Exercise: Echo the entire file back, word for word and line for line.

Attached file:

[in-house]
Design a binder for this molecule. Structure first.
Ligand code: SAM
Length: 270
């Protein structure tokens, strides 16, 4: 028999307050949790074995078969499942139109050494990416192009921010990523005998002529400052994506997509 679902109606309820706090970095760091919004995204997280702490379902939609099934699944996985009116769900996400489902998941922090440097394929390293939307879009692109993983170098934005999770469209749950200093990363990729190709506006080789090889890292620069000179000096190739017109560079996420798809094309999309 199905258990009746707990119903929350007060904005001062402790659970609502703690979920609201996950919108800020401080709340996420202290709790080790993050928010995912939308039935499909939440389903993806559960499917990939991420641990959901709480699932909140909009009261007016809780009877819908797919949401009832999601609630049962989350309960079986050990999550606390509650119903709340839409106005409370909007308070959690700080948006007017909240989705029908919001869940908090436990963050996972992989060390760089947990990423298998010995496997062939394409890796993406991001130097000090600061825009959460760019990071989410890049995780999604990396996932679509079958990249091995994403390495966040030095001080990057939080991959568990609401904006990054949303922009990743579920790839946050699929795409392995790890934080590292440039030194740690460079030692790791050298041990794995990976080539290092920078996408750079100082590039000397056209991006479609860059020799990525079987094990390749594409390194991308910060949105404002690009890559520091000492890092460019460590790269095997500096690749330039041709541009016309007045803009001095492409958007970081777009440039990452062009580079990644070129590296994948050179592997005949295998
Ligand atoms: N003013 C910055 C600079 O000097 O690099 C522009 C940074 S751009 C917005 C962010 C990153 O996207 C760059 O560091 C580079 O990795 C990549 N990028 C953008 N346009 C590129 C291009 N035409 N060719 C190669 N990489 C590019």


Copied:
[in-house]
Design a binder for this molecule. Structure first.
Ligand code: SAM
Length: 270
């Protein structure tokens, strides 16, 4: 028999307050949790074995078969499942139109050494990416192009921010990523005998002529400052994506997509 679902109606309820706090970095760091919004995204997280702490379902939609099934699944996985009116769900996400489902998941922090440097394929390293939307879009692109993983170098934005999770469209749950200093990363990729190709506006080789090889890292620069000179000096190739017109560079996420798809094309999309 199905258990009746707990119903929350007060904005001062402790659970609502703690979920609201996950919108800020401080709340996420202290709790080790993050928010995912939308039935499909939440389903993806559960499917990939991420641990959901709480699932909140909009009261007016809780009877819908797919949401009832999601609630049962989350309960079986050990999550606390509650119903709340839409106005409370909007308070959690700080948006007017909240989705029908919001869940908090436990963050996972992989060390760089947990990423298998010995496997062939394409890796993406991001130097000090600061825009959460760019990071989410890049995780999604990396996932679509079958990249091995994403390495966040030095001080990057939080991959568990609401904006990054949303922009990743579920790839946050699929795409392995790890934080590292440039030194740690460079030692790791050298041990794995990976080539290092920078996408750079100082590039000397056209991006479609860059020799990525079987094990390749594409390194991308910060949105404002690009890559520091000492890092460019460590790269095997500096690749330039041709541009016309007045803009001095492409958007970081777009440039990452062009580079990644070129590296994948050179592997005949295998
Ligand atoms: N003013 C910055 C600079 O000097 O690099 C522009 C940074 S751009 C917005 C962010 C990153 O996207 C760059 O560091 C580079 O990795 C990549 N990028 C953008 N346009 C590129 C291009 N035409 N060719 C190669 N990489 C590019």